Coalition wants tighter restrictions to prevent inter-provincial travel
Posted: February 11, 2021
(February 10, 2021)
By: Elaine Della-Mattia, Timmins Daily Press
The Northern Ontario Health Care Coalition is urging Ontarians to stay in their own regions as the March break nears and the province begins to reopen.
Representatives from the grassroots organization hosted a press conference Wednesday urging Ontarians to stay at home even as the province begins to roll out its reopening.
“We were shocked that the province announced its reopening measures without identifying any more or new public health measures,” said Natalie Mehra, executive director of the Ontario Health Association.
While suggestions have been made to implement a Northern Ontario bubble to prevent the spread of COVID-19 – and especially the newer deadlier variants – the Northern Ontario Health Care Coalition is not advocating for a bubble at this time.
Mehra said that a unified approach on how that would work or how effective it would be, could not be reached among the Northern Ontario chapters of the group.
Instead, the Northern Ontario Health Care Coalition wants to see the province issue a clear message dissuading inter-provincial travel, especially as the March break nears.
The province has yet to formally announce whether the March break will take place as scheduled, or be delayed until at least April.
And if there is to be a March break, it’s even more important to urge the provincial government to implement measures that further limit numbers of people inside buildings, prevent large gatherings, enforce cleaning and sanitation regulations and issue fines for those who don’t adhere to the provincial measures, Mehra said.
“We need clearer direction around inter-provincial travel, and clearer messages on masking, especially to reduce the spread of the variants,” she said.
The group argues that during both the first and second wave of the pandemic saw a number of COVID-19 cases traced to travel, either people travelling out and back to the region or people and travelling into the region, visiting family and friends, and spreading the virus.
Nearly all the Northern Ontario chapters of the group saw a marked increase in COVID-19 numbers over the Christmas holiday season, when travel and larger gatherings were held.
With increasing numbers of COVID variants appearing across areas of the province, including in some parts of Northern Ontario, the coalition wants travel to cease to prevent that wave of the infection from spreading into Northern Ontario.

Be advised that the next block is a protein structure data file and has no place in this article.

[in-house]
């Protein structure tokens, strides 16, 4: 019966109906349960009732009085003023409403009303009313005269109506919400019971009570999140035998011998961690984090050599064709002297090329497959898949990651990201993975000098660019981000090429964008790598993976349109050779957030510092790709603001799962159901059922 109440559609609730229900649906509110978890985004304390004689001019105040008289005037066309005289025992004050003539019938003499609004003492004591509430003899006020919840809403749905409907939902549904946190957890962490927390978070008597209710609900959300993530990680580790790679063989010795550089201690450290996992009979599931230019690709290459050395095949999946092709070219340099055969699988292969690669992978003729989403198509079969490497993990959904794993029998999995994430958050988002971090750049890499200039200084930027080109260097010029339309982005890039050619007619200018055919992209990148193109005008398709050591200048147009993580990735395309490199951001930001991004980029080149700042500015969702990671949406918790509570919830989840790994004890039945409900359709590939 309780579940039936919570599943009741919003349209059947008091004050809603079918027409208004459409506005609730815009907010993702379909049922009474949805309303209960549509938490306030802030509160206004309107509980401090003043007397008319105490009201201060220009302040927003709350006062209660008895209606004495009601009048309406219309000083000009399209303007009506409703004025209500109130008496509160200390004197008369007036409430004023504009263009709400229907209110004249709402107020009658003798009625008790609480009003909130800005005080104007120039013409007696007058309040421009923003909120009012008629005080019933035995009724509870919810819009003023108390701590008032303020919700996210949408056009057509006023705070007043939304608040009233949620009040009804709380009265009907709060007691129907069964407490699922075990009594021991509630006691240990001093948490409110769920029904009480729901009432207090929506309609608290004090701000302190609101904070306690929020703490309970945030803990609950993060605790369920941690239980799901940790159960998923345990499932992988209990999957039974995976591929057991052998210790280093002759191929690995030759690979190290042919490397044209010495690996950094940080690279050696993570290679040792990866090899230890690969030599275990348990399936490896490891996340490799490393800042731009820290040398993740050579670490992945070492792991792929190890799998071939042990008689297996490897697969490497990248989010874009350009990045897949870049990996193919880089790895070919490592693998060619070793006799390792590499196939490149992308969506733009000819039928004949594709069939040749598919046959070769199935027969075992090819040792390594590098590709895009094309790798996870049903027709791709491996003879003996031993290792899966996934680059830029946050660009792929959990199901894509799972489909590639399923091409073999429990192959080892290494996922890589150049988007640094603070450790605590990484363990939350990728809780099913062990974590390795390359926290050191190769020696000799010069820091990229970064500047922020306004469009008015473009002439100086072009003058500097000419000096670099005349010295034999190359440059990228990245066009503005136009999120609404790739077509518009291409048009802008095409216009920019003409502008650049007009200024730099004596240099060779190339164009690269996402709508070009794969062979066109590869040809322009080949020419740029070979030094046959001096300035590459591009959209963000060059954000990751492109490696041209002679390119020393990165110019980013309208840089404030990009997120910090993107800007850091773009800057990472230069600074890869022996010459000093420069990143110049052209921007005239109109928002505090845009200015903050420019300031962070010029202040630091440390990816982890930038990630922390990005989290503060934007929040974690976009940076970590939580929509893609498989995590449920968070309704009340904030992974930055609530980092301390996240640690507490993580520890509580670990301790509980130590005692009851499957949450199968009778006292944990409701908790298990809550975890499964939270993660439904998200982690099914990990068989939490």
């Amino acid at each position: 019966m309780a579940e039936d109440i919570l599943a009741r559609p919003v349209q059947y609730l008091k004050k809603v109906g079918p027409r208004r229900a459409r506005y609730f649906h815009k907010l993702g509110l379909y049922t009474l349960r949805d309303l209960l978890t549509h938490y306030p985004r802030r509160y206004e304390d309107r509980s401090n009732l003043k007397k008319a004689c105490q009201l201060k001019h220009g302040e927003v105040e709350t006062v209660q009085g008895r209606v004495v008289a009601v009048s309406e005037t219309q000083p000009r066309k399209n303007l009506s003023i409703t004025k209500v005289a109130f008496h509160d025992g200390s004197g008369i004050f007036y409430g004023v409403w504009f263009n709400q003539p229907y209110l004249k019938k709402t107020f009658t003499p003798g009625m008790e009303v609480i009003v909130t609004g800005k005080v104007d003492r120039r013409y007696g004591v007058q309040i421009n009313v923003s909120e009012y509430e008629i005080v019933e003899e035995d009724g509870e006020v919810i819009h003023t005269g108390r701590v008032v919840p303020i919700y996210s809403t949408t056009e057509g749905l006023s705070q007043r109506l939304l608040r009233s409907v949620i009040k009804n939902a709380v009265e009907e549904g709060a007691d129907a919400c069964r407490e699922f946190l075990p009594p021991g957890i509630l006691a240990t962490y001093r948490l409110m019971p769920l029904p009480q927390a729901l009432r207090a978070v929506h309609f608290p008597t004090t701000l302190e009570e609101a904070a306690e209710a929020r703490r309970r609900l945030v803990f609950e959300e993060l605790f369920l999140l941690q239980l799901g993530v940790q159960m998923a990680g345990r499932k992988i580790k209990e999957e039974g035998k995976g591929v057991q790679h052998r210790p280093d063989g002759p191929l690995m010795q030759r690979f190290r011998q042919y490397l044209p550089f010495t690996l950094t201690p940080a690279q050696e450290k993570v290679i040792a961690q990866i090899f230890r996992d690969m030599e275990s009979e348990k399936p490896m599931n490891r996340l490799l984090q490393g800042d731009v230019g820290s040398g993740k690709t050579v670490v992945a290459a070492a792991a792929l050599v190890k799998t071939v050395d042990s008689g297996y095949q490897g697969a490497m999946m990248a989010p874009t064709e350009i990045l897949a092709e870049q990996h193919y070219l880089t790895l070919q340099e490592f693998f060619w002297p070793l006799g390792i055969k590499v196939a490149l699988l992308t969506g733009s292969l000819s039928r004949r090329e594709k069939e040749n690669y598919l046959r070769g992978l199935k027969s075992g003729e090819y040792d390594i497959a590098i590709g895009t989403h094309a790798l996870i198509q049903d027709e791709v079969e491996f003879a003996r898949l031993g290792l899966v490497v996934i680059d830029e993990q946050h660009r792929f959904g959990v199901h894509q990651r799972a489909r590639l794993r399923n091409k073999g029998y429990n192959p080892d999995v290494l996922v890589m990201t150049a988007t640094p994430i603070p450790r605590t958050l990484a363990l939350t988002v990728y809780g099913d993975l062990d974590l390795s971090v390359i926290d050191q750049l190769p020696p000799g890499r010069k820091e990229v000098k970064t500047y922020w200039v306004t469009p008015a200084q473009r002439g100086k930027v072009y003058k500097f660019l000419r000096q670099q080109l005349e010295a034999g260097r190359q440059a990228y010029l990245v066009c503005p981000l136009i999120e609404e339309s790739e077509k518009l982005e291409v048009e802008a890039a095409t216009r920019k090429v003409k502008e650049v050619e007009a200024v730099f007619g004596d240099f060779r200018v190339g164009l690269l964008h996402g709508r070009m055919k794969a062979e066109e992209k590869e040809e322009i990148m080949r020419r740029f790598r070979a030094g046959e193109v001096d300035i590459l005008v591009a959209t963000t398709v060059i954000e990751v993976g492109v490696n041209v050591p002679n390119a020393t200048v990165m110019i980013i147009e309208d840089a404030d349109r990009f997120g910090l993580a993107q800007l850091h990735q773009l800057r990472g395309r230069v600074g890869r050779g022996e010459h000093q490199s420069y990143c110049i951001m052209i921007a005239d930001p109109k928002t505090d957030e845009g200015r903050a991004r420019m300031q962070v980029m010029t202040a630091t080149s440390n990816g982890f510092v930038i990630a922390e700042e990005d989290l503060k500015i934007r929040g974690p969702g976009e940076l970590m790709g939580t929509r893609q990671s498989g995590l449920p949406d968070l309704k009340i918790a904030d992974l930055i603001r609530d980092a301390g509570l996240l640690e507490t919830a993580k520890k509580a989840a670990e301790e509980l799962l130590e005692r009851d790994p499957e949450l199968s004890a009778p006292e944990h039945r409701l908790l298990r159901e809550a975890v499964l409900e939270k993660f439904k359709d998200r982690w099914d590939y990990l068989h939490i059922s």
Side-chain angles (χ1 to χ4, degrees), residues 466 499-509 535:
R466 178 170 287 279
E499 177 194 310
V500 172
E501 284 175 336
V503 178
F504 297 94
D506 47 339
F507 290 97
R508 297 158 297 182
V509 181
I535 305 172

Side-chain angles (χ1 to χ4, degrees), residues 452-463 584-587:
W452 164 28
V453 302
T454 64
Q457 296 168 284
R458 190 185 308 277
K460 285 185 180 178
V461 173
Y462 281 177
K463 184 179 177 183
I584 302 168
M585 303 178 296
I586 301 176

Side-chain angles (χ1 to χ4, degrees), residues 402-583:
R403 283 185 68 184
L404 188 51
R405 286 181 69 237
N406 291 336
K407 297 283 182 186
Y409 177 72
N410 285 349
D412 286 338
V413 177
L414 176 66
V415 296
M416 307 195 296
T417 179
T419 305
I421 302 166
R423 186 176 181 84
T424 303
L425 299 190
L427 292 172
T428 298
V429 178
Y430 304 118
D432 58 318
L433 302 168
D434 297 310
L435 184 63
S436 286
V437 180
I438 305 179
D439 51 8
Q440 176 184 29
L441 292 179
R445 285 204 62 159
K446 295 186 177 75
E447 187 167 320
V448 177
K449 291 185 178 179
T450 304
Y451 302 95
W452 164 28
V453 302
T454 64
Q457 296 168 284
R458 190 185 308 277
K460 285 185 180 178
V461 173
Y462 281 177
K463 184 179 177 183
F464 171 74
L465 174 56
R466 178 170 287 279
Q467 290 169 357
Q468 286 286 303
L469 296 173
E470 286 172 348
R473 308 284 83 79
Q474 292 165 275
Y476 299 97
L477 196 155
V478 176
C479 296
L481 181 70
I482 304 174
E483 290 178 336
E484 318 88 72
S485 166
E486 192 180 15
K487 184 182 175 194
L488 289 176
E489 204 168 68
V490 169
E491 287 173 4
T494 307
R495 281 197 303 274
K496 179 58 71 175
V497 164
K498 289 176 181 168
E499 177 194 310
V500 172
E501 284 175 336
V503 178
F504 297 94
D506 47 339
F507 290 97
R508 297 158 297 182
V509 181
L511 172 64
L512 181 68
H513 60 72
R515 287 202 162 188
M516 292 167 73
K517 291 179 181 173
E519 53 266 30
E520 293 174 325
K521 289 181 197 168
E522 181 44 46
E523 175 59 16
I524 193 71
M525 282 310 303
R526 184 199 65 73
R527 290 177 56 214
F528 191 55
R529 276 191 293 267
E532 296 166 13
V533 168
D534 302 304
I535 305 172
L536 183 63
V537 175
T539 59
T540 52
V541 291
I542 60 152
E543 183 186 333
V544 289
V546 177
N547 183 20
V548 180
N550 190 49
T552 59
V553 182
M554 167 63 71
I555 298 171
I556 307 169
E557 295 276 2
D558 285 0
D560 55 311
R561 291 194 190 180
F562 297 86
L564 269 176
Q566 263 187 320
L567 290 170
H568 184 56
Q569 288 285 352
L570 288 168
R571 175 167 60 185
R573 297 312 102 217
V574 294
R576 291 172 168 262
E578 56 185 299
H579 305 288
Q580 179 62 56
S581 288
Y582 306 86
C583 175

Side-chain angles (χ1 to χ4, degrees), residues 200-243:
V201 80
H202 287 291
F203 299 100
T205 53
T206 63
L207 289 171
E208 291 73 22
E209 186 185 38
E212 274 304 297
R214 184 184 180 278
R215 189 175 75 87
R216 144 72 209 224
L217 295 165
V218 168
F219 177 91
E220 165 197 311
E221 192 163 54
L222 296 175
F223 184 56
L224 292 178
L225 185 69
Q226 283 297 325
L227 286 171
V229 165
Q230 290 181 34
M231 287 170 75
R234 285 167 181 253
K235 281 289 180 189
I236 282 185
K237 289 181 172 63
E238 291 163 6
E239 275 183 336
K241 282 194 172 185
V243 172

“So far, we have controlled COVID-19 largely in the northern region although we did see a worse second wave,” Mehra said. “Many of those cases have been associated with travel in and out of the region. We want to make sure our communities can manage their risk,” she said.
Marie DellaVedova, spokesperson for the Sault Ste. Marie area, said “if we stop moving, the virus stops moving. I know it’s been a long year, but we’ve been doing well and we can’t let our guard down.”
DellaVedova said that Sault Ste. Marie and the area within the Algoma Health Unit was able to stay in the ‘green zone’ up until the holiday season when numbers spiked. Since then, it hasn’t returned to that zone.
“We haven’t seen the variant yet here but we know it is on our doorstep,” she said.
The Northern Ontario Health Care Coalition advocates argue that the province’s reopening plan does not mean Ontarians should travel outside of the region they live.
“In fact, this reopening makes it worse because there haven’t been new measures announced that encourage people to stay in the regions and closer to home,” she said.
The coalition is also advocating for the provincial government to speed up the roll out of doses of the vaccine as it receives them fro the federal government.
The federal government has said that everyone who wants the vaccine will receive it by September, despite repeated shortages in recent weeks in expected doses Canada was to receive.
Earlier this month it was reported that Sudbury Mayor Brian Biggar is calling on the provincial government to create a Northern Ontario ‘bubble’ to protect Northerners from COVID-19 and its new, deadlier variants.
Brian Bigger is lobbying the province to explore options to reduce travel to and from the region, namely establishing OPP checkpoints along highway 69 to monitor travel, similar to what Quebec had implemented last fall. He hopes that it will deter traffic between regions.
He’s supported in his lobby efforts by former Sudbury mayor and MPP Jim Gordon, who argues that the North has a higher proportion of seniors and Indigenous people than the rest of Ontario and as such, should be greater protected.
The Ontario Health Care Coalition’s mandate is protect and improve the province’s health care system and lobby on public policy issues related to health care programs and services.